Friday, March 31, 2006

Non Production databases

How do you deal with non-production databases at your current place of work? Currently we have a mix of Commercial-Off-The-Shelves (COTS) and in-house applications and we are going the route of COTS instead of custom build. For example, our HR/payroll is PeopleSoft and those guys have 5 or 6 different environments beside Production and we are being asked to provide more environments for future projects. The approach taken by Application Services is to have multiple copies of development/test for each individual projects so that there is no fear of disruption from other projects. Just think of the number of databases that have to be cloned and supported per application per project!

So, how do you deal with it? I'm planning to just restrict and limit the number of databases by telling Application Services that they will just have to be nice and share but for some COTS like PeopleSoft and Oracle E-Biz Suite, we might just have to set up instances like INT_TEST (mirror of Production) so that we can debug problems encountered in Production, DEV for developing or adding new functionalities, TEST to allow for full testing of modifications, PATCH to test out patches before applying them to the necessary environments, and DEMO, a vanilla environment but populated with standard corporation information like the sample VISIO data that comes with Oracle E-Biz Suite that can be used to verify bugs, issues, etc.

Monday, March 20, 2006

It's settled for four years

Our union, the BCGEU (BC Government Employees Union), finally came to a tentative agreement with the government on a new four year deal. As an added initiative to settle, the Finance Minister has set aside a billion dollars for signing bonuses for unions who settle before the March 31st deadline. A number of other public sector unions have settled in order to take advantage of the signing bonus offer. Two other big unions are still outstanding as their contracts do expire until June this year. The Teachers and Nurses unions are critical and although their contracts do not expire until June, the bonuses are available for them too.

The whole driver behind getting union peace is the upcoming 2010 Olympics where the government do not want the event to be marred or disrupted by union walkouts or strikes.

Highlights of the tentative agreement includes a 63 cent/hour increase for all employees in the first year following by 3%, 2.5% and 2% increases for subsequent years, a signing bonuse of $1.10/hour for an approximate total of $4,000 for each employee who are full time during Apr 1, 2004 to Mar 31, 2006 and increase in health, dental and other benefits.

For the folks in IT/IM, we have been getting a temporary market adjustment (TMA) on top of our regular pay in order to bring our compensation level in line with the marketplace. Under the new tentative agreement, the TMA stays and the only difference that I could see was that folks at grid level 30 will get an increase in their TMA from 6.6% to 9.9%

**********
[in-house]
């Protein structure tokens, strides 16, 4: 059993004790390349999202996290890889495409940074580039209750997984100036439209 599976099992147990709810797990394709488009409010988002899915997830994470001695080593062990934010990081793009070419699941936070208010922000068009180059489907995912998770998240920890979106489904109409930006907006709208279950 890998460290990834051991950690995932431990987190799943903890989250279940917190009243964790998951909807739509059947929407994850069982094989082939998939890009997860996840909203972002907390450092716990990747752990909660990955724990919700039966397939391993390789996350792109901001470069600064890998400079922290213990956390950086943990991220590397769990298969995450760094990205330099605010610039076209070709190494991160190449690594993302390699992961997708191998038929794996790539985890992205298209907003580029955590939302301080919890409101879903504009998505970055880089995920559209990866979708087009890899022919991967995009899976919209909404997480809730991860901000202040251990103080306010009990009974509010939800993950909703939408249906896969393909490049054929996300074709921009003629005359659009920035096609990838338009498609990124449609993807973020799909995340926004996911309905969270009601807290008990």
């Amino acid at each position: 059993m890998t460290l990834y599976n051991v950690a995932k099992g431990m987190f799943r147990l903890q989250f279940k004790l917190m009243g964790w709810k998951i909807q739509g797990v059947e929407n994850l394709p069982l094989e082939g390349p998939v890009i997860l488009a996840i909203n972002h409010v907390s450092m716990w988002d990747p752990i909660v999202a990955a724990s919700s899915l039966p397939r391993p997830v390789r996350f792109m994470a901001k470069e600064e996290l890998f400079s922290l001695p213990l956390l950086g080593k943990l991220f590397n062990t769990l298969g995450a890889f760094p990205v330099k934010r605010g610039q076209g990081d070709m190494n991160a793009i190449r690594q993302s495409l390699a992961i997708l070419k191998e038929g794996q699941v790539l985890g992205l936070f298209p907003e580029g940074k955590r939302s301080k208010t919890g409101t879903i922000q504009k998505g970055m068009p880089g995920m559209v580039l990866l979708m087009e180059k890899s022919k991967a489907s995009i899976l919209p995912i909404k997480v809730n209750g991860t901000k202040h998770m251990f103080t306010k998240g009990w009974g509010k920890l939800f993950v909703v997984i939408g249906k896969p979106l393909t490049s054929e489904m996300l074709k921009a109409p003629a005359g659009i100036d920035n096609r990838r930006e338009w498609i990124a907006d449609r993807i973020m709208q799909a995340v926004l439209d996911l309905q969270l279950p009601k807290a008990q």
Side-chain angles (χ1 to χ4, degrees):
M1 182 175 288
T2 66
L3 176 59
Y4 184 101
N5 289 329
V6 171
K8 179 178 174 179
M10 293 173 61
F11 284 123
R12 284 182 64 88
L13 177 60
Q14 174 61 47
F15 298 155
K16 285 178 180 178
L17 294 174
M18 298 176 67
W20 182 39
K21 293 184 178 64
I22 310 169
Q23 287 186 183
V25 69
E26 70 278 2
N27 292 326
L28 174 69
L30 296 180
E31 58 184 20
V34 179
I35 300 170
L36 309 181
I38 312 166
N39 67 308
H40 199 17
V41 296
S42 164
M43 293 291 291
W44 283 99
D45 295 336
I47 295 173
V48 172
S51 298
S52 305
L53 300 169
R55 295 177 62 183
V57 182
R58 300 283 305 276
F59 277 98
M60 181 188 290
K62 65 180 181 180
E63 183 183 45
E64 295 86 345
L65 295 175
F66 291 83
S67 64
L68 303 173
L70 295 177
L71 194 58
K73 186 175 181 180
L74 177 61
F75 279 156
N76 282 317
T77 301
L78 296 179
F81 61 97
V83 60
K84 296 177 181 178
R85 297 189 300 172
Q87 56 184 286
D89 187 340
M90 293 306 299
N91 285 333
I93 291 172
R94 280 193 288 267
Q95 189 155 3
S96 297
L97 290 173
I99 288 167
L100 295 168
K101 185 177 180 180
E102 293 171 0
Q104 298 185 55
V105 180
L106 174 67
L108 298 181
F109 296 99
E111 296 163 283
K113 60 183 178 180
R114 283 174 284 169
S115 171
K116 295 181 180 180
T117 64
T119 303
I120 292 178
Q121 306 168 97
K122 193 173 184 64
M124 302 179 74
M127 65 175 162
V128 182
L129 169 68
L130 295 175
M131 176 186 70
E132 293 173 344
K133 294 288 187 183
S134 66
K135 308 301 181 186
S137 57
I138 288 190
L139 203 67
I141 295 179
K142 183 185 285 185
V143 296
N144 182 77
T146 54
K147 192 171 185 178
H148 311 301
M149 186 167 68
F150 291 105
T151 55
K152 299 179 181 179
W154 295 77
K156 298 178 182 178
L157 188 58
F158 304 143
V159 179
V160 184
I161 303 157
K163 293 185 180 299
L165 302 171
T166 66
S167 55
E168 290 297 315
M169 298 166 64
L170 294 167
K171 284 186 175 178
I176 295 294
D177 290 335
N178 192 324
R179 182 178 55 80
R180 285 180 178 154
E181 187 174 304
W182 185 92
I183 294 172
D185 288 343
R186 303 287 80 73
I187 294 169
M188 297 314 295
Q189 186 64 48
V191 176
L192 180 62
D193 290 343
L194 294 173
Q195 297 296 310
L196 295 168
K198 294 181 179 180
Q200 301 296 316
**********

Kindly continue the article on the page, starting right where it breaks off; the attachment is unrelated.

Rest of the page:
Anyhow the Union has about three weeks to get the general membership to vote whether to accept the deal. I hope they do as going on strike doesn't strike (pun intended) me as being beneficial to either parties.

Thursday, March 16, 2006

It's been a while

My apologies for such a wide gap in between posts. There were really no excuse other than the fact that it was procrastination and I just recently finished reading a book, The On-Time, On-Target Manager by Ken Blanchard, on procrastination too!

There are a lot of stuff going on right now both in terms of work and personal life and Bill S was kind enough to check up on me to make sure that things are okay on my end. Much appreciated, Bill.

So a number of stuff has been happening in the Oracle world as blogged by various folks and the Hotsos Symposium came and went and seems that all the Oaktable members were in attendence (presenting). Here at work, we are trying desperately to implement Oracle E-biz suite (Financial component) before our new fiscal year start otherwise that we will have to carry two set of books going forward. We are also in the planning stage for our supply chain and have had a very interesting meeting with Oracle on licencing and pricing. That was an eye opener and I'm sure some choice words will be sent Oracle's way. Having Oracle E-biz introduced a whole bunch of changes to the way that we (IT) operates and it will be interesting to see how some of my team including myself adjust to these changes.

Oh, if you haven't keep up with the new Oracle Corp blogs, a lot more Oracle Executives have their own blogs now so that's nice although I still uses Brian Duff's Orablogs to provide me with a quick summary of the various Oracle-based bloggers. Oh yeah, Google also provided maps of Mars and speaking of Google, have you ever click on the more link on Google's main page to see what more has to offer? Give it a try. Google also got itself negative press in agreeing to censor "unacceptable" searches for China Google in order to do business in China. Obviously this is a highly charged issue as we (the Western world) believes in freedom of speech and China, on the other hand, see it it differently and some folks have argued that limited censorship is better than total censorship. We definitely live in interesting times.